The San Diego County Board of Supervisors declined to take action on a proposal that would end a ban on cannabis businesses in unincorporated areas of the county and establish the framework for a social equity program in a regulated marijuana industry. The motion to approve the proposal from Supervisor Nathan Fletcher died a quick death at a meeting on Wednesday when it failed to receive a second from any of his colleagues on the board.
Fletcher’s proposal would have ended a ban on commercial cannabis activity enacted by the board in 2017. Under that ban, no recreational cannabis businesses are permitted to operate in the unincorporated areas of California’s southwestern-most county. Additionally, five medical marijuana dispensaries currently operating would be forced to close by 2022.
After the meeting, Fletcher issued a statement expressing his disappointment in his fellow board members, calling out one vocal cannabis opponent by name and noting that the proposal enjoyed support from many civic leaders in the county.
“Our proposal would have allowed for the development of a cannabis industry that is safe, regulated, and legal. Instead, led by Supervisor Kristin Gaspar, the Board doubled down on an outdated and out-of-touch view of legal cannabis,” Fletcher said in an email. “By saying no to creating a regulated market, they have opened the floodgates for more illegal shops, more criminal activity, and substantial losses in tax revenue to our county.”
“They not only rejected a bi-partisan coalition of elected officials, vital agricultural leaders like the San Diego County Farm Bureau, but they also rejected our veterans and seniors who rely on cannabis for the medical treatment of chronic pain,” he continued. “I can only hope a future Board of Supervisors will allow us to advance common-sense cannabis policy that puts social justice squarely at the front.”
Activists Look To November
With the failure of Fletcher’s plan, San Diego County cannabis activists have set their sights on the upcoming election as their next chance to affect change. With two open seats due to term limits and Gaspar vying for reelection, the makeup of the board is sure to change after the election. Tara Lawson-Remer, a candidate running against Gaspar for her seat in November, said that she was disappointed by the board’s rejection of the proposal.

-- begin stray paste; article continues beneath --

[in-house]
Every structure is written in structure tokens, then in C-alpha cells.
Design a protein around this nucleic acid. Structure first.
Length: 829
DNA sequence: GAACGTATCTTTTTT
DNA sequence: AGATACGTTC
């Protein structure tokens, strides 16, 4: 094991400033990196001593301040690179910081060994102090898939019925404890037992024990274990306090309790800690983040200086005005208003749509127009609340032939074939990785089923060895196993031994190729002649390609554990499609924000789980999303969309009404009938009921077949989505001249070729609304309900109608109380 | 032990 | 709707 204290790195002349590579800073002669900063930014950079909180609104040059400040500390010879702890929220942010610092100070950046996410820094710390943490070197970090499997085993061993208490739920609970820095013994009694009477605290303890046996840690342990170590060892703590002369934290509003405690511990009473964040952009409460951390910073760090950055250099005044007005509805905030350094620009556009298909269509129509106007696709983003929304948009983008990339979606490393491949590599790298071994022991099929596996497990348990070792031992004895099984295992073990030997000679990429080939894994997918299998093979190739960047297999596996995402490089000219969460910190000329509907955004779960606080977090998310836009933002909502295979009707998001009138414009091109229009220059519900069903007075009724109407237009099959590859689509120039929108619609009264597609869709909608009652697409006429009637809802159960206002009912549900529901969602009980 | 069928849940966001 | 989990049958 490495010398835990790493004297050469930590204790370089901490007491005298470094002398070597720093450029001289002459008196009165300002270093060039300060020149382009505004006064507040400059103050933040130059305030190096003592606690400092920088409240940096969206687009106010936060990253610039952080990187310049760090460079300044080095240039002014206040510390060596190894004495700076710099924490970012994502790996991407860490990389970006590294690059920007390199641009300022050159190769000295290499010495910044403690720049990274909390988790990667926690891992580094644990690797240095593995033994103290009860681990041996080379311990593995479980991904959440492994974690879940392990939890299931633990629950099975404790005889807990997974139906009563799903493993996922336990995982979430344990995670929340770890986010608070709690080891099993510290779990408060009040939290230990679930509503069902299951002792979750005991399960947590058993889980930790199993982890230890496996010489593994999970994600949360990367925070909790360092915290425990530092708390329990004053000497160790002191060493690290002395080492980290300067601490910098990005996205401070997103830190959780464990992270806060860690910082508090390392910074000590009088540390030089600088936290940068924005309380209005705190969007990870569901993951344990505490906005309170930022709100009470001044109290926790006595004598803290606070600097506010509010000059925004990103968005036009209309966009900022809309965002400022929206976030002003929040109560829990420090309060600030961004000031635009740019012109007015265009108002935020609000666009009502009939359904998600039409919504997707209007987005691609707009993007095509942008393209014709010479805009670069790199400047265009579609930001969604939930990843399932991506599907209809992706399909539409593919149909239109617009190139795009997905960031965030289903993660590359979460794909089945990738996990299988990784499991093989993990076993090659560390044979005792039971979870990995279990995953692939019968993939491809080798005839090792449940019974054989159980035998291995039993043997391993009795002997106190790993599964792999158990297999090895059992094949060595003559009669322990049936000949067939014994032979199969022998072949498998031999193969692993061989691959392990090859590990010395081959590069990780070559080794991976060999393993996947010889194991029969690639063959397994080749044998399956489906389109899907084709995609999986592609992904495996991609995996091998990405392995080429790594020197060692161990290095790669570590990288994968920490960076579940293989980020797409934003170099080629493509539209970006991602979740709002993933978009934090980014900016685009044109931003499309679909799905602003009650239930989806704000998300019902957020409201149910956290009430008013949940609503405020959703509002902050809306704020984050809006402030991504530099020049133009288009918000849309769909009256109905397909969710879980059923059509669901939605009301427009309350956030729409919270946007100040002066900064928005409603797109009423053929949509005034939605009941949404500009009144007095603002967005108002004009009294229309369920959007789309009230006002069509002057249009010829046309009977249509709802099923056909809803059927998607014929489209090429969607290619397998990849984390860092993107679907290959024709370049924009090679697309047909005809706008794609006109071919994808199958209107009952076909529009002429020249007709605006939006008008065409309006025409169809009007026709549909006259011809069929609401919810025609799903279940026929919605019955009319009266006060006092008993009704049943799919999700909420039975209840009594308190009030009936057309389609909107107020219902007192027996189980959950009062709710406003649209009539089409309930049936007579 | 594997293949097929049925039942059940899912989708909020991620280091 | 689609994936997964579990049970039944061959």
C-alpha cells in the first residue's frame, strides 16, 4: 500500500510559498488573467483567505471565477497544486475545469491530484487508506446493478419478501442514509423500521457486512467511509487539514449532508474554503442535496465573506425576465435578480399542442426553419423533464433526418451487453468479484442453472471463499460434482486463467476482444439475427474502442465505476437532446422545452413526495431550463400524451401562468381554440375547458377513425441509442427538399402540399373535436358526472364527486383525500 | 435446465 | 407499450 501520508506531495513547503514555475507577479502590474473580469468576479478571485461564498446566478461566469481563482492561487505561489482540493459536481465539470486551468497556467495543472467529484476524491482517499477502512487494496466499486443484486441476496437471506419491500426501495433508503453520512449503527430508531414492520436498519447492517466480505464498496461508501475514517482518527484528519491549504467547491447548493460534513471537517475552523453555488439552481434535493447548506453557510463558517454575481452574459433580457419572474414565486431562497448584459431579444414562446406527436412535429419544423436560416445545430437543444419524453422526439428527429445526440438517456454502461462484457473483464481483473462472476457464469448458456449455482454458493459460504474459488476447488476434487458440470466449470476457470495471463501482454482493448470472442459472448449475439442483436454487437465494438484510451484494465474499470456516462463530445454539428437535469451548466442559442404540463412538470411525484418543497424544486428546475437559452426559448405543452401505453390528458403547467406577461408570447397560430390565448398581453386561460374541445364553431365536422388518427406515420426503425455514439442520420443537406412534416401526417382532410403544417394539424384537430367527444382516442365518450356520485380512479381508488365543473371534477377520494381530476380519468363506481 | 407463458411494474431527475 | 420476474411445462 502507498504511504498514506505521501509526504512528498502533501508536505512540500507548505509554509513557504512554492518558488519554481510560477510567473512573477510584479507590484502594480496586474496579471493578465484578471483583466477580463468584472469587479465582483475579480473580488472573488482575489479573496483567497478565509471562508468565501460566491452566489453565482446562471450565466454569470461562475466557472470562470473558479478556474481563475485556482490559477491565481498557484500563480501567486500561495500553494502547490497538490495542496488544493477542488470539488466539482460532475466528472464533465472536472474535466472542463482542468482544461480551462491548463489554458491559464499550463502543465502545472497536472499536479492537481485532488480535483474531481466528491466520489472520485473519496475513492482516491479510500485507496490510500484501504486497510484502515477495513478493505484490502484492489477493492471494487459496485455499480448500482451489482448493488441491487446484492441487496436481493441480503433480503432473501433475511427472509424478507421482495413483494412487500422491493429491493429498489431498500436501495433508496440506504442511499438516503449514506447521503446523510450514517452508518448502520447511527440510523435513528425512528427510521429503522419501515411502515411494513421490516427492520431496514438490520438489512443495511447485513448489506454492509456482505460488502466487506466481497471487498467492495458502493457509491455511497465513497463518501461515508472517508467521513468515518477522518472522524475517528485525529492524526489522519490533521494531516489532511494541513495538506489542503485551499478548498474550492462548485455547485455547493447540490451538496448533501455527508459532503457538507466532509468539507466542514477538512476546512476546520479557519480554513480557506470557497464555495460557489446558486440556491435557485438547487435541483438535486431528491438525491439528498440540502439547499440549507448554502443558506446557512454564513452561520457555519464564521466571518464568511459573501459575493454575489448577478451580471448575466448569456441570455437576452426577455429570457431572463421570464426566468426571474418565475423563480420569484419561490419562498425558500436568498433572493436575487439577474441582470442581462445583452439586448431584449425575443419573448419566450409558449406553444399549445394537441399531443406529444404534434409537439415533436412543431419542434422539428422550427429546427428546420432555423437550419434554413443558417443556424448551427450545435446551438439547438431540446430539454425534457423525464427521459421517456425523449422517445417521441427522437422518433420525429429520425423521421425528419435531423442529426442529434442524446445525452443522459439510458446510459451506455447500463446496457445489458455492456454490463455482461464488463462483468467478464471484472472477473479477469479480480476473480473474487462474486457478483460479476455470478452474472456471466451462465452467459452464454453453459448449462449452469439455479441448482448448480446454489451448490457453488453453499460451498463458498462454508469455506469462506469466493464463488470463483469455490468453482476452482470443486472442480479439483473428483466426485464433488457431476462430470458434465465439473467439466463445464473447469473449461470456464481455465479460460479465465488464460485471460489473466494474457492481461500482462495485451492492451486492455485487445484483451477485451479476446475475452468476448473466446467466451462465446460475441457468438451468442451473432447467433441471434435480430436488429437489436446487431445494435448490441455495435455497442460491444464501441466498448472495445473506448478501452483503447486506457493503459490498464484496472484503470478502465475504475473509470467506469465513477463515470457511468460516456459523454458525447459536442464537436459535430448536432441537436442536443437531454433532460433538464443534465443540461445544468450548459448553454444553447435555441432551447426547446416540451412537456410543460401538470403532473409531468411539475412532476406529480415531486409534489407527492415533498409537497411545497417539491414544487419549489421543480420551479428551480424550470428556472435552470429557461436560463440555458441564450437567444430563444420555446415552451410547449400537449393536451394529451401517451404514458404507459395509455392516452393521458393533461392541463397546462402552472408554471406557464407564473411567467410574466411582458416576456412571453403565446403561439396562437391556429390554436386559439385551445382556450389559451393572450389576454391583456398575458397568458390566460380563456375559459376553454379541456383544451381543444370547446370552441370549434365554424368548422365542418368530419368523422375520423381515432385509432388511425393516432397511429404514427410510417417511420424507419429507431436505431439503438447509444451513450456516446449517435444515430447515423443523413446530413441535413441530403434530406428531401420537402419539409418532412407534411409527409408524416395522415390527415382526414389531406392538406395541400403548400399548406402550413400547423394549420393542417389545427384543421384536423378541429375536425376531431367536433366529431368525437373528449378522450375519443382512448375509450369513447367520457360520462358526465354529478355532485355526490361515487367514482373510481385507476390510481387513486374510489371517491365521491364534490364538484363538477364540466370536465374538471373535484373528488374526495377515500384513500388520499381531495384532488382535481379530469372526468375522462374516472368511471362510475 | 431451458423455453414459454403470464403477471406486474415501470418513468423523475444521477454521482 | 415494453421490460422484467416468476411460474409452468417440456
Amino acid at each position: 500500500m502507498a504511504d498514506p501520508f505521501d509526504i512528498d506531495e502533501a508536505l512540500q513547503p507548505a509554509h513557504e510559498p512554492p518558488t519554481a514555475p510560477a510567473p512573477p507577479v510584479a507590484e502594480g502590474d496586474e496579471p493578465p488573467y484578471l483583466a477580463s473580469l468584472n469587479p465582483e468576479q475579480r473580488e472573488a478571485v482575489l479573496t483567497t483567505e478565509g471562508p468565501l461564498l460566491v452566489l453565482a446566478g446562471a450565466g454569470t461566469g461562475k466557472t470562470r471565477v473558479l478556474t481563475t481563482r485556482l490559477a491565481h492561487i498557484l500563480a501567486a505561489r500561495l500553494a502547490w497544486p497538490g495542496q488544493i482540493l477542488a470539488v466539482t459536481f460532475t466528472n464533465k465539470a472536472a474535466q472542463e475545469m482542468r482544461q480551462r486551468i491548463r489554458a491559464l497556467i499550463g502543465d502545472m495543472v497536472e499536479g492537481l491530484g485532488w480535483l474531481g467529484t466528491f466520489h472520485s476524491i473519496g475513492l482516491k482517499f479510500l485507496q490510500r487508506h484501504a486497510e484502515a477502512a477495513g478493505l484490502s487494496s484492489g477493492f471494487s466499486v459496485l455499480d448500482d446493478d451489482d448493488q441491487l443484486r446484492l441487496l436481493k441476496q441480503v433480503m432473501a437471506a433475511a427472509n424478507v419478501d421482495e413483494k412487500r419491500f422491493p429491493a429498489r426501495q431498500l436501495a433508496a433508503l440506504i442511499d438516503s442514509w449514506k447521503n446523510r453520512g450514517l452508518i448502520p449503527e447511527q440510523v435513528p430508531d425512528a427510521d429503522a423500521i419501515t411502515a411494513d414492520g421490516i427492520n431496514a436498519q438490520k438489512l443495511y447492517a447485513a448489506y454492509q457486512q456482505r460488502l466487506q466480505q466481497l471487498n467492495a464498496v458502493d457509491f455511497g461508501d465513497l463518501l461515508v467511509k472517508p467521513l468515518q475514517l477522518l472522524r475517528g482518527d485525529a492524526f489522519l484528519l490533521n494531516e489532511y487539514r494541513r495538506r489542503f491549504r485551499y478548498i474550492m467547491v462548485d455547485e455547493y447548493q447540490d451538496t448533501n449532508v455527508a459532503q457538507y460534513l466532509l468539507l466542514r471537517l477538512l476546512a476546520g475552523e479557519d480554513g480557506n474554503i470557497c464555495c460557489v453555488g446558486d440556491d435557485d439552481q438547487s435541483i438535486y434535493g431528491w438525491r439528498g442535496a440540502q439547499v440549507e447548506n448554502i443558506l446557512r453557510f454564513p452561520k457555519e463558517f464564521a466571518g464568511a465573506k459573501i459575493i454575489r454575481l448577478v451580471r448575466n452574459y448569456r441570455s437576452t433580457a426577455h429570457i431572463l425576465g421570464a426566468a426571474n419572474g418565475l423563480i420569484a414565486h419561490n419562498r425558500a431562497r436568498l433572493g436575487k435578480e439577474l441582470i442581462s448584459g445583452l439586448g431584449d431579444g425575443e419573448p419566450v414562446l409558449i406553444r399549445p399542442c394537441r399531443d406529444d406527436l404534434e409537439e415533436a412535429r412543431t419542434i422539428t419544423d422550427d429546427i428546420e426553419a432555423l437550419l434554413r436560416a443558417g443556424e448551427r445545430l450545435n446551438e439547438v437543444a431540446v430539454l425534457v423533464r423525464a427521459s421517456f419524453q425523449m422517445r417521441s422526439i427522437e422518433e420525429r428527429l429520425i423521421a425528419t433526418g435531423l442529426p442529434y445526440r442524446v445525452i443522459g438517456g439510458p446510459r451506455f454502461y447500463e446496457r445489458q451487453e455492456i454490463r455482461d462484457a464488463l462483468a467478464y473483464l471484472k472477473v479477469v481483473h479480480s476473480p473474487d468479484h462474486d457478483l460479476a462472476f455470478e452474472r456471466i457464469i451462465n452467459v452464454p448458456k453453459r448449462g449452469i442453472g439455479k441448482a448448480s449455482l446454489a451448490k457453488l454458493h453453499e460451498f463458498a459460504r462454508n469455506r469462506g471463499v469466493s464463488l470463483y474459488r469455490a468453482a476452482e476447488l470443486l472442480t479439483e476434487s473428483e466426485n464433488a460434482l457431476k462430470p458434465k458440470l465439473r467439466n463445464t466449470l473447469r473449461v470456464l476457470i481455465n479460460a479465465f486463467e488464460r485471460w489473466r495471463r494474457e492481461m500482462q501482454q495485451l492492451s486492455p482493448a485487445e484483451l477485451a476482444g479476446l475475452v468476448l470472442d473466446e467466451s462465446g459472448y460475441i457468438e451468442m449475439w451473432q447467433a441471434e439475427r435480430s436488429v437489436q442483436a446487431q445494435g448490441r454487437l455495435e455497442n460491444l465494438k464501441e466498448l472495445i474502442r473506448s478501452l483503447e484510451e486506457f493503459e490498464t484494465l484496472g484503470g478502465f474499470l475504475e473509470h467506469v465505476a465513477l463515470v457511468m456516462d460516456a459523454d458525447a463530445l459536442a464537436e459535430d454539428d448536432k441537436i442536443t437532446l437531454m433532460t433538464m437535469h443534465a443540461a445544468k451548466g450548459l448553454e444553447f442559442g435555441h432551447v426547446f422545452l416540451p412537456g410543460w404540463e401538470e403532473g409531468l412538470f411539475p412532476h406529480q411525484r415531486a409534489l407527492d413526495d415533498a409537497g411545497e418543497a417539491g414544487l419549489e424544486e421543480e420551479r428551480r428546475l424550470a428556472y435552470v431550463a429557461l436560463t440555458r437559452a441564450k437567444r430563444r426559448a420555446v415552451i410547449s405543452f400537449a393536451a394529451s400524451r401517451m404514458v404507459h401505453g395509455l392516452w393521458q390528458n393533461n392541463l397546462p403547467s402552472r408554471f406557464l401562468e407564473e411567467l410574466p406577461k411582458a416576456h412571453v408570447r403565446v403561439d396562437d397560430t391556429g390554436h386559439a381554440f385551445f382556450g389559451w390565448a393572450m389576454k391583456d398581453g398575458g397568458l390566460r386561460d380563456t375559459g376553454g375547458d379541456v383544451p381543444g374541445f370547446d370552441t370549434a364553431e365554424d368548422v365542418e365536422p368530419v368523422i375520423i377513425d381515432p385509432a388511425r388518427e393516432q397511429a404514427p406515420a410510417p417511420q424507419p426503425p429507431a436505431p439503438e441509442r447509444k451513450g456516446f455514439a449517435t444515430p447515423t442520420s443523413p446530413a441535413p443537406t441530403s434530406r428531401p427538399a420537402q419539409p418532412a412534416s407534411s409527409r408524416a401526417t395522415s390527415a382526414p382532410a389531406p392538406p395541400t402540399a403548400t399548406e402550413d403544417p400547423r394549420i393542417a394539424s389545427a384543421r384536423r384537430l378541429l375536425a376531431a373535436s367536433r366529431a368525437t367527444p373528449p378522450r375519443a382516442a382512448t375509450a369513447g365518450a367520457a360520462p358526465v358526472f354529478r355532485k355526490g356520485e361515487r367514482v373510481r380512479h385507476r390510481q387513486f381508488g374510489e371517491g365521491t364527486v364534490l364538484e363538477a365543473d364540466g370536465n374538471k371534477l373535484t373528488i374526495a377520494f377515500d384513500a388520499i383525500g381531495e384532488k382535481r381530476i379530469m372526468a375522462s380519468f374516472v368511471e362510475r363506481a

“We need a commonsense approach to cannabis policy,” she wrote in a statement to High Times. “The most effective way to eliminate illicit cannabis operations, expand the tax base, and support our regional economy is licensed and regulated operations to facilitate safe, regulated, and legal cannabis use.”
Fletcher’s proposal was supported by a strong majority of those who posted public comments online before the meeting and via telephone while it was being held. Activists also staged a press conference on Tuesday afternoon, calling on the board of supervisors to adopt the proposal, which included social equity provisions that would have helped members of underrepresented communities participate in the legal cannabis industry.
Ebonāy Lee of Paving Great Futures, a community group that advocates for inclusion in the legal cannabis industry, said in an email Thursday morning that the board’s inaction represents a missed opportunity.
“What we witnessed yesterday could and should have been history in the making. To finally see the board of supervisors get it right under Nathan Fletcher’s leadership would have been amazing,” said Lee. “But it’s disheartening to have had our issues once again be ignored and delayed.”
However, not all San Diego County cannabis activists disagree with the board of supervisors’ decision to keep the ban in place, believing that Fletcher’s proposal did not go far enough. Sapphire Blackwood of Blackwood Consulting Professionals told High Times in an email that true social equity will not be possible until licensing requirements are no longer linked to land use ordinances and that a new regulatory regime is needed.
“The zoning ordinances are good for business (lawyers, lobbyists, architects), but at what cost?” she asked. “Given that the law enforcement unions are a big lobbying component of most if not all of the cannabis ordinances in this state, I would be shocked if any jurisdiction approved a truly equitable law allowing for a free market, automatic expungements, taxes going to research and development and underserved youth, and no more cannabis arrests.”